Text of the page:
It was cold. It was windy. It was hilly. And it required me to run more than twice the distance I’ve ever attempted to run before.
It was also one of the best experiences I’ve shared with my wife lately.
I recently completed my first 5K run in support of Ovarian Cancer Awareness. Running in memory of a close family friend who recently lost her battle with this under-recognized disease provided plenty of motivation to tackle a hilly course in pretty nasty weather conditions for my first 3.1 mile run. And being surrounded by friends took a bit of the chill out of the air.
However, what made this day particularly special was sharing it with my wife. While it was her first race since giving birth to our third child 10 weeks earlier, she really enjoys running and has completed numerous 5K events over the past few years.
Me? Let’s just say I’m not much of a runner. Basketball, tennis, hiking, or 100 miles on a bike is cool with me. But the idea of running 3.1 miles on purpose hadn’t occurred to me before.
How to Run a 5K Race with Your Spouse…and Actually Enjoy It!
There are a lot of potential pitfalls in running a race with your spouse. This is especially true when one of you is an experienced runner and the other happens to be an ultra-competitive baby at times. Here are some tips on how you can share a 5K with your spouse and love it:
1. A Little Training Goes a Long Way
While 3.1 miles is a warm-up for some people, it’s a real challenge if you’ve never run that far and/or you just had a baby. In order to prepare for the event, my wife and I simply spent some time running for a couple weeks leading up to the race.
I had a great base level of fitness from my ongoing use of the Thrive90 at-home workout system, but I needed to put some miles on my legs and get rid of the associated soreness. My wife needed a chance to ease back into working out postpartum.
And so we ran. With three kids at home, we rarely (if ever) get to run together, so we simply took turns caring for the kids while the other one got in a 30-minute run or walk. When weather permitted, we took brisk walks with our children in tow.
FREE TRAINING PLAN – If you’re interested in training for your own 5K event, don’t miss our free 5K training plan!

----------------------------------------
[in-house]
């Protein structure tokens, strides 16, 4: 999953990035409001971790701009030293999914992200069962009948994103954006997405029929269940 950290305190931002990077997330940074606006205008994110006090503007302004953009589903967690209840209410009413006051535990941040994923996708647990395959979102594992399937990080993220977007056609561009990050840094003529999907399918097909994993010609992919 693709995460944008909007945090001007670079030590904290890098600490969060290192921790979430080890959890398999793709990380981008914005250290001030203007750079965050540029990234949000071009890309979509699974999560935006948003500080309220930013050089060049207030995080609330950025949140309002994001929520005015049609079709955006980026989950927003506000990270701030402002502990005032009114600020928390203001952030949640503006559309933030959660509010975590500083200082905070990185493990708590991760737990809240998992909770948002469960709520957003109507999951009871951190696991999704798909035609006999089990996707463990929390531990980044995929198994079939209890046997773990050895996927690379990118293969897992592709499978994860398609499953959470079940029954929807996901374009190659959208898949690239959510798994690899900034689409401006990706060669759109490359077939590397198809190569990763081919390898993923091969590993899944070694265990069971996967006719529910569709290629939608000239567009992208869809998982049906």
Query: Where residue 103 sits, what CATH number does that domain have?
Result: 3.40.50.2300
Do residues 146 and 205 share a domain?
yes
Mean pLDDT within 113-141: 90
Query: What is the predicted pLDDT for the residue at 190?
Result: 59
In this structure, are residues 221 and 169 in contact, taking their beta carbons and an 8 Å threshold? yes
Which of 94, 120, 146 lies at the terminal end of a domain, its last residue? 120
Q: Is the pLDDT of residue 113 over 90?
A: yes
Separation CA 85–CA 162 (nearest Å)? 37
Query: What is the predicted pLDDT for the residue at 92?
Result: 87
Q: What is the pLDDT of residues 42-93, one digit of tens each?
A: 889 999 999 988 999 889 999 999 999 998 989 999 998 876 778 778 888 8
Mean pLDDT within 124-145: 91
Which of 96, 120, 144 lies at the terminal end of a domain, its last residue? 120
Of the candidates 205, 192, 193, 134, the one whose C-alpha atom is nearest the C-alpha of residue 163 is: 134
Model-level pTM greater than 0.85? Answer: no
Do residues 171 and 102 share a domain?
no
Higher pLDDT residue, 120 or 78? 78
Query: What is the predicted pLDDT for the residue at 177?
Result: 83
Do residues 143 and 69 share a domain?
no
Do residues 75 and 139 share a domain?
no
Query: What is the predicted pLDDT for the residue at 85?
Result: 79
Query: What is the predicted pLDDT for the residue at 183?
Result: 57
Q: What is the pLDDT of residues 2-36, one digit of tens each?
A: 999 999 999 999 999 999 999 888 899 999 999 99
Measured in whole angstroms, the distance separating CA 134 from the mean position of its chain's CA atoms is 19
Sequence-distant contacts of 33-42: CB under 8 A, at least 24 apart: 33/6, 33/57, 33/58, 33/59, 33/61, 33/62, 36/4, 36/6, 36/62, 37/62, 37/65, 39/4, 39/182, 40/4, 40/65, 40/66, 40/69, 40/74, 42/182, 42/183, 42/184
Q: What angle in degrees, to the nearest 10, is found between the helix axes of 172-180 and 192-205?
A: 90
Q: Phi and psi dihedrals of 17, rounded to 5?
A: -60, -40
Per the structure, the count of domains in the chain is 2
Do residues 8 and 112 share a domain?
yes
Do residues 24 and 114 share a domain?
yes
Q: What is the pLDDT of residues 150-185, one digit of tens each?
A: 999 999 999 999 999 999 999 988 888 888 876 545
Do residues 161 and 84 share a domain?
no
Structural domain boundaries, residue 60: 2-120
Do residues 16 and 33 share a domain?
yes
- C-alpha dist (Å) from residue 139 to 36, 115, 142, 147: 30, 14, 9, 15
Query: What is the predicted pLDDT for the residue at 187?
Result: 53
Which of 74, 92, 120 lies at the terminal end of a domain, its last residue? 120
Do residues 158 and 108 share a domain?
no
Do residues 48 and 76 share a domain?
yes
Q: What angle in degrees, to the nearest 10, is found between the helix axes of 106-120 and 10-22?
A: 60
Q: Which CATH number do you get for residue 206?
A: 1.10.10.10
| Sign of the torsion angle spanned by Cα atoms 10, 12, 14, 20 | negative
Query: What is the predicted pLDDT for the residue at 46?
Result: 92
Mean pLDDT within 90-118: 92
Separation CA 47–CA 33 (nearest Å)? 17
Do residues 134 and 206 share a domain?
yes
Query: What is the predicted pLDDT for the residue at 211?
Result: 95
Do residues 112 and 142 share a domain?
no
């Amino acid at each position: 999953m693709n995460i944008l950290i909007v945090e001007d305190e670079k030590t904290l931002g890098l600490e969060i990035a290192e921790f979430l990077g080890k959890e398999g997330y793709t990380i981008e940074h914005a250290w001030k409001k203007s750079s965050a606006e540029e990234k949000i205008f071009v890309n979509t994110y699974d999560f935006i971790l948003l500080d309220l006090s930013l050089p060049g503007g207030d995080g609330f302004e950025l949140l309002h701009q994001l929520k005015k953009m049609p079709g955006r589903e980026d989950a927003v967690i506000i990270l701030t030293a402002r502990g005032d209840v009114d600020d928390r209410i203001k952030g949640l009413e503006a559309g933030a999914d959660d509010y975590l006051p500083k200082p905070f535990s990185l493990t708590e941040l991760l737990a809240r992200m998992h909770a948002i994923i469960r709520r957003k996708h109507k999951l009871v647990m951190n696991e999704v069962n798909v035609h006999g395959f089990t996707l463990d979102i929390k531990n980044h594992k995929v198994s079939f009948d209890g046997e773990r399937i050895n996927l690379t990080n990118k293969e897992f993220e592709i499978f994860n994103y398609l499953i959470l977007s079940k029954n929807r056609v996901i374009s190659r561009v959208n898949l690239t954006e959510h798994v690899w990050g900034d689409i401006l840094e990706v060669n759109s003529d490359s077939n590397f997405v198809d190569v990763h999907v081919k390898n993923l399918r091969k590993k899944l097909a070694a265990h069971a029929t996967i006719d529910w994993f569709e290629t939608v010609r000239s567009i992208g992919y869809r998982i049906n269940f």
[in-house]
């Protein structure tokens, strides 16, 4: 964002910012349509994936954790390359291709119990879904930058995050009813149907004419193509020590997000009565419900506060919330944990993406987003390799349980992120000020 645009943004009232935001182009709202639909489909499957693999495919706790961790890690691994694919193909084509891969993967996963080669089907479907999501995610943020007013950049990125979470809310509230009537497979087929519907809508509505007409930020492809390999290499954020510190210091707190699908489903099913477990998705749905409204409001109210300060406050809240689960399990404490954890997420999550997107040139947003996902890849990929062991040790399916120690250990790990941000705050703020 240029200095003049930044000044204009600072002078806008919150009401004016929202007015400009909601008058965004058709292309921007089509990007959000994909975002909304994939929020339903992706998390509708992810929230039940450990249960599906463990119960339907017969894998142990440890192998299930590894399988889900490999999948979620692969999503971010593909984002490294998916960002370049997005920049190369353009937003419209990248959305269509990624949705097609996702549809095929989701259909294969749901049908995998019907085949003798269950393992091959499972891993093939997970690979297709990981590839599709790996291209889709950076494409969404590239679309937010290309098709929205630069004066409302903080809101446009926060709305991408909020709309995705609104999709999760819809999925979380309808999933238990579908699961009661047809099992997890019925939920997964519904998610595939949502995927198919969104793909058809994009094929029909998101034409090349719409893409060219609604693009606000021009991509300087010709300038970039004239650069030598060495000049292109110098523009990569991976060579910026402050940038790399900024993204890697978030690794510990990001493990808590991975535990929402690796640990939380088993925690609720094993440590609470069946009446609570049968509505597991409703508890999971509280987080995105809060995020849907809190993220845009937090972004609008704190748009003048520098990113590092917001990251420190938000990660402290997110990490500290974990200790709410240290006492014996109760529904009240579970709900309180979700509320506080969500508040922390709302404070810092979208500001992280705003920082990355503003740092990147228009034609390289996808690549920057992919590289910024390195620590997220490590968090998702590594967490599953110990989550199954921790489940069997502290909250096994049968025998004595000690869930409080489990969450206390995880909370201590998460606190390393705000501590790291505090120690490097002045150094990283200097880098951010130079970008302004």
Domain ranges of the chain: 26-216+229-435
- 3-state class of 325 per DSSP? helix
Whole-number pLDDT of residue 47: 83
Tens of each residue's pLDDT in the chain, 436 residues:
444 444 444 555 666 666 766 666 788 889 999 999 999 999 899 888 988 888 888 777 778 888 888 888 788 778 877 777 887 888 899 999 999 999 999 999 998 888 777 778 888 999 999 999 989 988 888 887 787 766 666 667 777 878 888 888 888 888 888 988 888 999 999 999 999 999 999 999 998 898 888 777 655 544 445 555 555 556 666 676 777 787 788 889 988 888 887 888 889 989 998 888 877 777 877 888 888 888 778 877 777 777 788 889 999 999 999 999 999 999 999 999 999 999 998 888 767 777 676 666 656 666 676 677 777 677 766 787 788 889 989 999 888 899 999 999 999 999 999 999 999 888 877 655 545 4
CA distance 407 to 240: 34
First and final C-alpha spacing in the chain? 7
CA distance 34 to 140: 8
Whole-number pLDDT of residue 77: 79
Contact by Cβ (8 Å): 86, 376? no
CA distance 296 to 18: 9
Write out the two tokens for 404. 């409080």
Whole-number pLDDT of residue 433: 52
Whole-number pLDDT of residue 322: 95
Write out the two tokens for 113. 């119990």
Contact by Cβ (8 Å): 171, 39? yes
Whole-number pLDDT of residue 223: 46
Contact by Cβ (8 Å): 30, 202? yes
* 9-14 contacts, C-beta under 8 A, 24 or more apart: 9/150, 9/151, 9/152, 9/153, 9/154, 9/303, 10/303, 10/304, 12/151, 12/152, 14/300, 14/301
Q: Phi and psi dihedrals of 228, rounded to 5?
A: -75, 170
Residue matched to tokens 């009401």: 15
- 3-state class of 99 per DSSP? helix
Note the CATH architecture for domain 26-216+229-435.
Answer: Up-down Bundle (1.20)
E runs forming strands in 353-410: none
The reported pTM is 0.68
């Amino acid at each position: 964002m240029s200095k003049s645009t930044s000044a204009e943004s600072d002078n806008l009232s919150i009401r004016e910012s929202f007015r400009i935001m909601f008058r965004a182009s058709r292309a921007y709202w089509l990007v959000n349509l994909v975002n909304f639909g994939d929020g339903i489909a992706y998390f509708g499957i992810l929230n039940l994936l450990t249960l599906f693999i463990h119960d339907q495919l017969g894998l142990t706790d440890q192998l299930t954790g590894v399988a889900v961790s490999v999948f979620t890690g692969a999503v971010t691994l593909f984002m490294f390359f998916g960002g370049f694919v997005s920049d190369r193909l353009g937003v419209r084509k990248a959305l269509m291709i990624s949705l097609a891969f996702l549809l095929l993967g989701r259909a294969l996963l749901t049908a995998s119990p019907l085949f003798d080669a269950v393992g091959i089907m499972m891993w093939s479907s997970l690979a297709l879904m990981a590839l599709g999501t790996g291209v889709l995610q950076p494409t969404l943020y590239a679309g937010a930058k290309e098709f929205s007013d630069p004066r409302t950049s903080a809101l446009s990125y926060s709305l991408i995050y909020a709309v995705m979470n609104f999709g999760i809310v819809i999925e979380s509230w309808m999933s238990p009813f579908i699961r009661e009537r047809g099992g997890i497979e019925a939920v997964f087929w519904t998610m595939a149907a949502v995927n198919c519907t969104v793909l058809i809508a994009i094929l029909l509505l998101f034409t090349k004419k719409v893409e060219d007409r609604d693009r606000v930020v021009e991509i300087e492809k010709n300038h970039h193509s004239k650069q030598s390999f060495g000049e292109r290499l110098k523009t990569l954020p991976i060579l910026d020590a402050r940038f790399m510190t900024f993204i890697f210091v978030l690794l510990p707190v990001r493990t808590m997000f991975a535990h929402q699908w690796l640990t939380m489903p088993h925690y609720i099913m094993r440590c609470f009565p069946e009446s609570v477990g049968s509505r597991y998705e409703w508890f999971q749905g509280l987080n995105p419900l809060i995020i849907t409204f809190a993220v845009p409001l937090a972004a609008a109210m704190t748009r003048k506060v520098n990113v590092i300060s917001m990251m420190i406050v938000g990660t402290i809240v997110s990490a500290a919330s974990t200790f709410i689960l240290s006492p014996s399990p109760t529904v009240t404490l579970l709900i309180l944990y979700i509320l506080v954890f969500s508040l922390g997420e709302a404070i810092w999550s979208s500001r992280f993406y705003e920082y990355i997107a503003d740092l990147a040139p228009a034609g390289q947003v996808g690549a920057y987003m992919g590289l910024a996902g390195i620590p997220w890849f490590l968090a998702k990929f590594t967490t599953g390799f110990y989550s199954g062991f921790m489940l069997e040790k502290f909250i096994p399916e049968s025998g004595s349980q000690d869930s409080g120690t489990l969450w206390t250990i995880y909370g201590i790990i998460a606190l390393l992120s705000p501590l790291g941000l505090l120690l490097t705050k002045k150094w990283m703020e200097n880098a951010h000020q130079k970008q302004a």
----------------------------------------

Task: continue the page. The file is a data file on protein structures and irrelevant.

2. Do NOT Compete with Each Other
We talked to each other before the 5K and agreed in no uncertain terms that we would not be racing. At least we wouldn’t race each other because we knew nothing good would come out of that under the circumstances.
This rule prevented us from resenting each other during the race, and it really improved the level of support that we provided one another. It helped us run as partners and not opponents.
Now, if you and your spouse are both strong runners and you both agree you’d enjoy some friendly competition, then feel free to race. However, I’d encourage you to establish the ground rules ahead of time. And don’t talk too much trash!
3. Run at Your Own Pace and Encourage Your Spouse
In addition to not competing, we agreed upfront that there would be no expectation that we run the entire race together. We each brought our own iPod and ran at our own pace.
This turned out to be very important as I ran at a slightly faster pace, and it would have been uncomfortable for me to slow down and wait for my wife when it’s not my natural speed. I turned and smiled when I could, and we exchanged looks of true support and enthusiasm throughout the event.
After crossing the finish line, we met with a giant sweaty hug and a lot of pride. She was proud that I could actually run 5 kilometers without the need for her to cash in my life insurance. And I was amazed by her abilities to persevere for 3.1 hilly miles so soon after giving birth.
It was an awesome day that we’ll remember and cherish for a long time. And guess who is planning to join his wife for her next 5K? Yep, I have a new Personal Record to break!
Have you ever completed a 5K race or similar event with your spouse? Did you enjoy it?